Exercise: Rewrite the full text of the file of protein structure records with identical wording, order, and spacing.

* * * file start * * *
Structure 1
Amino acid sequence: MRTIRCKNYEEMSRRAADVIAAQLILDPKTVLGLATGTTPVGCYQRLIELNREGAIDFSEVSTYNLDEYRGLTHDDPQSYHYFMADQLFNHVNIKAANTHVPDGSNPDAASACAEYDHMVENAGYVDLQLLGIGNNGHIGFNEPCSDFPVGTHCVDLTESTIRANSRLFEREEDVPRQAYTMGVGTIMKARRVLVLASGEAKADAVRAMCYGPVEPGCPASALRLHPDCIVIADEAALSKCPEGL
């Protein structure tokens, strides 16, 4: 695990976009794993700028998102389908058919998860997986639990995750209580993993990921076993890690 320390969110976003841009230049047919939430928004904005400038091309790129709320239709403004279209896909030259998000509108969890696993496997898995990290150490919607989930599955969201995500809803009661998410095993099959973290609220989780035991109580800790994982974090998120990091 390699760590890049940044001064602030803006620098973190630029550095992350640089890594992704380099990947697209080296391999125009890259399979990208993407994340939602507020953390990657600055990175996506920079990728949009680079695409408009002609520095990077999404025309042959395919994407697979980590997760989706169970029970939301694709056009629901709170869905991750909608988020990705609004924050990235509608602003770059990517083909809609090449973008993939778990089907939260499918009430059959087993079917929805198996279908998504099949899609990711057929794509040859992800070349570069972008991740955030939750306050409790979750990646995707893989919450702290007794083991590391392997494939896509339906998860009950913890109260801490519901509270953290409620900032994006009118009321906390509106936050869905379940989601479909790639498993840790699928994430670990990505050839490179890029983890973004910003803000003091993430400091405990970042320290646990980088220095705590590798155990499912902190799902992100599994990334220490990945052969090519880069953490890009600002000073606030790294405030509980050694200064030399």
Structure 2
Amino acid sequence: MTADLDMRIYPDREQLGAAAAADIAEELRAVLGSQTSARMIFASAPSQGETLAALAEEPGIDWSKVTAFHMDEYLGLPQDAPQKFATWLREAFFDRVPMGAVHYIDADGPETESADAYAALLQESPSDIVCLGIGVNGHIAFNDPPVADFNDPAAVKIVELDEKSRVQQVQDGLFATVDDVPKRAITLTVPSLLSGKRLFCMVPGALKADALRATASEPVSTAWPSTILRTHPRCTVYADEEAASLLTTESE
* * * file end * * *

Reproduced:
Structure 1
Amino acid sequence: MRTIRCKNYEEMSRRAADVIAAQLILDPKTVLGLATGTTPVGCYQRLIELNREGAIDFSEVSTYNLDEYRGLTHDDPQSYHYFMADQLFNHVNIKAANTHVPDGSNPDAASACAEYDHMVENAGYVDLQLLGIGNNGHIGFNEPCSDFPVGTHCVDLTESTIRANSRLFEREEDVPRQAYTMGVGTIMKARRVLVLASGEAKADAVRAMCYGPVEPGCPASALRLHPDCIVIADEAALSKCPEGL
């Protein structure tokens, strides 16, 4: 695990976009794993700028998102389908058919998860997986639990995750209580993993990921076993890690 320390969110976003841009230049047919939430928004904005400038091309790129709320239709403004279209896909030259998000509108969890696993496997898995990290150490919607989930599955969201995500809803009661998410095993099959973290609220989780035991109580800790994982974090998120990091 390699760590890049940044001064602030803006620098973190630029550095992350640089890594992704380099990947697209080296391999125009890259399979990208993407994340939602507020953390990657600055990175996506920079990728949009680079695409408009002609520095990077999404025309042959395919994407697979980590997760989706169970029970939301694709056009629901709170869905991750909608988020990705609004924050990235509608602003770059990517083909809609090449973008993939778990089907939260499918009430059959087993079917929805198996279908998504099949899609990711057929794509040859992800070349570069972008991740955030939750306050409790979750990646995707893989919450702290007794083991590391392997494939896509339906998860009950913890109260801490519901509270953290409620900032994006009118009321906390509106936050869905379940989601479909790639498993840790699928994430670990990505050839490179890029983890973004910003803000003091993430400091405990970042320290646990980088220095705590590798155990499912902190799902992100599994990334220490990945052969090519880069953490890009600002000073606030790294405030509980050694200064030399």
Structure 2
Amino acid sequence: MTADLDMRIYPDREQLGAAAAADIAEELRAVLGSQTSARMIFASAPSQGETLAALAEEPGIDWSKVTAFHMDEYLGLPQDAPQKFATWLREAFFDRVPMGAVHYIDADGPETESADAYAALLQESPSDIVCLGIGVNGHIAFNDPPVADFNDPAAVKIVELDEKSRVQQVQDGLFATVDDVPKRAITLTVPSLLSGKRLFCMVPGALKADALRATASEPVSTAWPSTILRTHPRCTVYADEEAASLLTTESE